Percussion Kit Grid Beaming Collision

So, I’ve run into a funny behavior with beams on percussion kits in grid mode. I should point out first that this is not urgent, and I don’t necessarily need to find a solution (though if one exists, I’d be interested); I’m only using a kit in grid mode to save a little bit of space while composing, and I’ll likely switch to single lines for the final product. Perhaps this will be of help to others though.

The issue arises because I have three instruments on adjacent lines in a kit playing at once, and because of music in other flows, I need to have them be all separate voices. The top sounding line is then voice 1-stems up, middle is voice 2-stems up, and bottom is voice 3-stems down.

For a tldr of the issue, just take a look at the attached pic. So, when there’s the default two spaces between each line, beams from the middle line collide with stems from the upper line. I figure I can clean up the look by increasing the distance between the two lines, so I try 4, then 5, then 8 spaces between them. However, regardless of how many spaces go between those two lines, Dorico will stretch the stems for only the colliding beams so as to maintain the collision. I assume the algorithms are trying to avoid a collision between the beams and the noteheads (a noble goal, as it is), but at a certain point, I feel like they should snap back into place. See what I mean?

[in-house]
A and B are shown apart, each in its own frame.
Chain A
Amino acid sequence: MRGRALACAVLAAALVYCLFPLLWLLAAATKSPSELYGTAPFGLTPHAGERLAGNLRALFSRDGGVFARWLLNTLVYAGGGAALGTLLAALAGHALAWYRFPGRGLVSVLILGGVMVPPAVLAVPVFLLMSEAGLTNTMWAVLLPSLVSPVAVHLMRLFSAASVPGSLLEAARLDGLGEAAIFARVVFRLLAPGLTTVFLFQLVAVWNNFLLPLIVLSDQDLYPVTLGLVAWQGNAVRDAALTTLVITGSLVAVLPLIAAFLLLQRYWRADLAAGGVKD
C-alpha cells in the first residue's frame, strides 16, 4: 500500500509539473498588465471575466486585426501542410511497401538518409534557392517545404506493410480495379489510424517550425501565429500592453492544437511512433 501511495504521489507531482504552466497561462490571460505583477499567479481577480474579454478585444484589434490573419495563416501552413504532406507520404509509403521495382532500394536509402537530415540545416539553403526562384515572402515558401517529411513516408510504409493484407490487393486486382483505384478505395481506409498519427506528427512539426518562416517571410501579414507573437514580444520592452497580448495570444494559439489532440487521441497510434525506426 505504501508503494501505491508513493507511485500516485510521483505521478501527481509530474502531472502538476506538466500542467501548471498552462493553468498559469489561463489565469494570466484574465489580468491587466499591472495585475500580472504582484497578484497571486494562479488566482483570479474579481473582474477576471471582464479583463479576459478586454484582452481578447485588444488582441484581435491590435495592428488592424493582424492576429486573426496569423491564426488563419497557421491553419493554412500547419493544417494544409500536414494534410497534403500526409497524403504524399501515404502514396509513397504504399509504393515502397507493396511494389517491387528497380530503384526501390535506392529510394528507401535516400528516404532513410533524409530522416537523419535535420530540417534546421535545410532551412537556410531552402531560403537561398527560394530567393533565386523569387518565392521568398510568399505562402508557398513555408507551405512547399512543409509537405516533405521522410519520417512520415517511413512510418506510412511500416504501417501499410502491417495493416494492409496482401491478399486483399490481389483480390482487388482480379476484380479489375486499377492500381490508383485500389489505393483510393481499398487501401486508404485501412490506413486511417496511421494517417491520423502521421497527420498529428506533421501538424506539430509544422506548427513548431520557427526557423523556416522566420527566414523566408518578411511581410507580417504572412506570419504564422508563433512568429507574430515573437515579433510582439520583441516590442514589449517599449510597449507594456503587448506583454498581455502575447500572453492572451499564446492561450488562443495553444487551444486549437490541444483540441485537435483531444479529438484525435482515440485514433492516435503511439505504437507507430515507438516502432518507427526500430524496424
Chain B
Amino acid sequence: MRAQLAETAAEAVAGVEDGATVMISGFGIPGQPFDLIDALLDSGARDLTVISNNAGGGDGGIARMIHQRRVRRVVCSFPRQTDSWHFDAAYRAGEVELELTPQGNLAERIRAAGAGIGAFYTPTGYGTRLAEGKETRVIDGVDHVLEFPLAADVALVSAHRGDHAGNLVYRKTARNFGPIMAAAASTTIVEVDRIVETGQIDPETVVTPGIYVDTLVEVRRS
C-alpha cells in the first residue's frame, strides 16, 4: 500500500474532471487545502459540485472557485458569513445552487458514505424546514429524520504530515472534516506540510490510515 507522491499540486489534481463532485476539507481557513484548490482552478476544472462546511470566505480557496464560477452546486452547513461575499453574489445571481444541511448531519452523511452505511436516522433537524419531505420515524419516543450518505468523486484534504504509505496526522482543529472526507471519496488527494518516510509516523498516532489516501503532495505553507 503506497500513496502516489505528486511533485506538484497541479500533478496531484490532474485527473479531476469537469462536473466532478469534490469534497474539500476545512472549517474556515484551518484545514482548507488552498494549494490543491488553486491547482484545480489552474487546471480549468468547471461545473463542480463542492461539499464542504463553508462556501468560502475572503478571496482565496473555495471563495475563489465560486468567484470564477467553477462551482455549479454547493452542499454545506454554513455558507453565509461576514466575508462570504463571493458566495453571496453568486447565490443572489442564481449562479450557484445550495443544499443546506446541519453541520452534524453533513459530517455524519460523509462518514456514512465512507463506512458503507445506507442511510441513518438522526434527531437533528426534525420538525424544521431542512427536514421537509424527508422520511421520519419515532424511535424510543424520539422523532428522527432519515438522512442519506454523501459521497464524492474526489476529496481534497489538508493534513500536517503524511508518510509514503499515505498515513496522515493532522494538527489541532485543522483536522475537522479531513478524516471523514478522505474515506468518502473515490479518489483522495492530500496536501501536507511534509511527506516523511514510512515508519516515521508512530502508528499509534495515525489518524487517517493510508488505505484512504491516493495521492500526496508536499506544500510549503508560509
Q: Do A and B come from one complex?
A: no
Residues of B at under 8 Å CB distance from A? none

This is interesting. To some extent, Dorico treats a grid as if it were a regular staff, and Dorico’s attempts to prevent beams from colliding with noteheads in voices with the same direction is kicking in here. Ideally Dorico would know if the next staff position with a note on it is sufficiently far away for the stems of the beamed group to be at a normal length. I’ll ask the team about this case.

I thought it was interesting too! As wonderful as Dorico is when it’s working optimally, sometimes I’m more intrigued by the things it gets wrong, because you can see the curtain pulled back just a tiny bit. You get an appreciation for just how elegant its approach to different situations really is.

Many thanks!

Came to ask the same question, although my example had to do with rhythmic cues above a leadsheet staff. There’s plenty of room to have stems up in both voices without anything colliding (and I could raise the rhythmic cue further if I needed to), but the lower voice insists on lifting its stem up above the noteheads of the upper voice, no matter how high I take the upper voice to get it out of the way.
stem problem.png